Latest: Brother says shooter obsessed about minor conflicts

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Latest: Brother says shooter obsessed about minor conflicts
Resident Tom Parkinson places flowers on a sign at the Veterans Home of California, the morning after a hostage situation in Yountville, Calif., on Saturday, March 10, 2018. A daylong siege at The Pathway Home ended Friday evening with the discovery of four bodies, including the gunman, identified as Albert Wong, a former Army rifleman who served a year in Afghanistan in 2011-2012. (AP Photo/Josh Edelson)

YOUNTVILLE, Calif. (AP) — The Latest on the ex-soldier who killed three people and himself at a California veterans center (all times local):

10:35 a.m.

A family member says the Army veteran who fatally shot three women and then himself in California became fixated on petty grievances after experiencing combat in Afghanistan.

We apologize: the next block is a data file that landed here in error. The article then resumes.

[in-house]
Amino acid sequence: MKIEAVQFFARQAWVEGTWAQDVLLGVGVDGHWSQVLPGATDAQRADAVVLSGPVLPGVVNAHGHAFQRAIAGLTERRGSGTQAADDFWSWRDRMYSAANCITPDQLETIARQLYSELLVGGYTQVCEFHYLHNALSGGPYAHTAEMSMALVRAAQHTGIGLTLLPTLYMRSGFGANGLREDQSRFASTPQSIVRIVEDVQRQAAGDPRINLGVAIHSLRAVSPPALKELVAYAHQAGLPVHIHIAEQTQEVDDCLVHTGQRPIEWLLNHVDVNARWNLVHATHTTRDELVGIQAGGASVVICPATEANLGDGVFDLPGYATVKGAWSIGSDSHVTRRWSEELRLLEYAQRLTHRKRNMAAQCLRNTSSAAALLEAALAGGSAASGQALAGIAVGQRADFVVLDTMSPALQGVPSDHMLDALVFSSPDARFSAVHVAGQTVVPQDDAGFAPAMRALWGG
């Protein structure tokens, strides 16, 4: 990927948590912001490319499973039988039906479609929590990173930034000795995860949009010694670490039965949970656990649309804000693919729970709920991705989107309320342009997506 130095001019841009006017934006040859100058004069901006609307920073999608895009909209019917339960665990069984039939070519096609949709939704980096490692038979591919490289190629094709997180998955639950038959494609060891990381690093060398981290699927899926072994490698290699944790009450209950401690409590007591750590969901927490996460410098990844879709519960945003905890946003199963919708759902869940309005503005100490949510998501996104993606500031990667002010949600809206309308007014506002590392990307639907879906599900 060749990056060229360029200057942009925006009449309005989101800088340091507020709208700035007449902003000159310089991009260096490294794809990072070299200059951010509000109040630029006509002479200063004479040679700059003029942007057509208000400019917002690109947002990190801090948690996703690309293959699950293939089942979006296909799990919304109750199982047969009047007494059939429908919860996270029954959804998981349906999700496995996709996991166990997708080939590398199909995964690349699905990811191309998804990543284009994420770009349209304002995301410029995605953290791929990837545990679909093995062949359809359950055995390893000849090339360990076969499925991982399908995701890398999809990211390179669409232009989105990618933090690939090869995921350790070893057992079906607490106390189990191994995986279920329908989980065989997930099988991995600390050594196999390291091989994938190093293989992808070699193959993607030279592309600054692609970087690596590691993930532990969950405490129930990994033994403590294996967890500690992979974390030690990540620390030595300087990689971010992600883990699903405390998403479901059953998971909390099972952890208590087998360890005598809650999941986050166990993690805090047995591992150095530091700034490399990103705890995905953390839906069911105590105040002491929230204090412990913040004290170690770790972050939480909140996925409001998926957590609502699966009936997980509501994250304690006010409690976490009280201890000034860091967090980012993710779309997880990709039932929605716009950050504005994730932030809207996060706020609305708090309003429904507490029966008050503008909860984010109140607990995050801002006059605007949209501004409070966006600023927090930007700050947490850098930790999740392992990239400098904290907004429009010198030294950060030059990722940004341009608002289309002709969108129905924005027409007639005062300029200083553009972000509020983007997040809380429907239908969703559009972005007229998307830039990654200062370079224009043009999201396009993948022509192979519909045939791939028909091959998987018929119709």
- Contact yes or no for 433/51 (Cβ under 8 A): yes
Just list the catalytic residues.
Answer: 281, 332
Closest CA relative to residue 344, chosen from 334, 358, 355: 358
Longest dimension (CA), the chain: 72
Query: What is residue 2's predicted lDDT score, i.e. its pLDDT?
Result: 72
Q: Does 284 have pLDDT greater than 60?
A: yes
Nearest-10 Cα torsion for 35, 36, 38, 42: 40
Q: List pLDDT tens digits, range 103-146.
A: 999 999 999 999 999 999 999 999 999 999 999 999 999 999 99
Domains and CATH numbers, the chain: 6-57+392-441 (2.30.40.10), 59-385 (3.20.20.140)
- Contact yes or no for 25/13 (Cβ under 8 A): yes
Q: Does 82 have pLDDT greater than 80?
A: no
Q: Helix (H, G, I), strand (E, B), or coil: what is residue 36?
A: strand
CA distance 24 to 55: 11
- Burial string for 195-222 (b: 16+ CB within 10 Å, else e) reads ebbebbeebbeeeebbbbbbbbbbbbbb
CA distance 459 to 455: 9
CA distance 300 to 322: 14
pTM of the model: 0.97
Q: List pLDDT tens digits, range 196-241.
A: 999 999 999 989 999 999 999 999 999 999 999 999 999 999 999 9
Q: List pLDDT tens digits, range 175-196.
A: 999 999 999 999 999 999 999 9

Tyrone Lampkin, the older adopted brother of Albert Wong, tells the Press-Democrat newspaper that Wong was never the same after getting out of the military. Lampkin says Wong would obsess about relatively minor conflicts, such as someone owing him money or not pulling their weight.

Wong had been asked to leave a treatment program for veterans. On Friday, police say, Wong slipped into a party at the program and took three female employees hostage. He and the women were later found dead.

Lampkin says he hadn’t seen Wong in years but they kept in touch by phone. Lampkin says he heard Wong had stopped taking medication and was drinking a lot.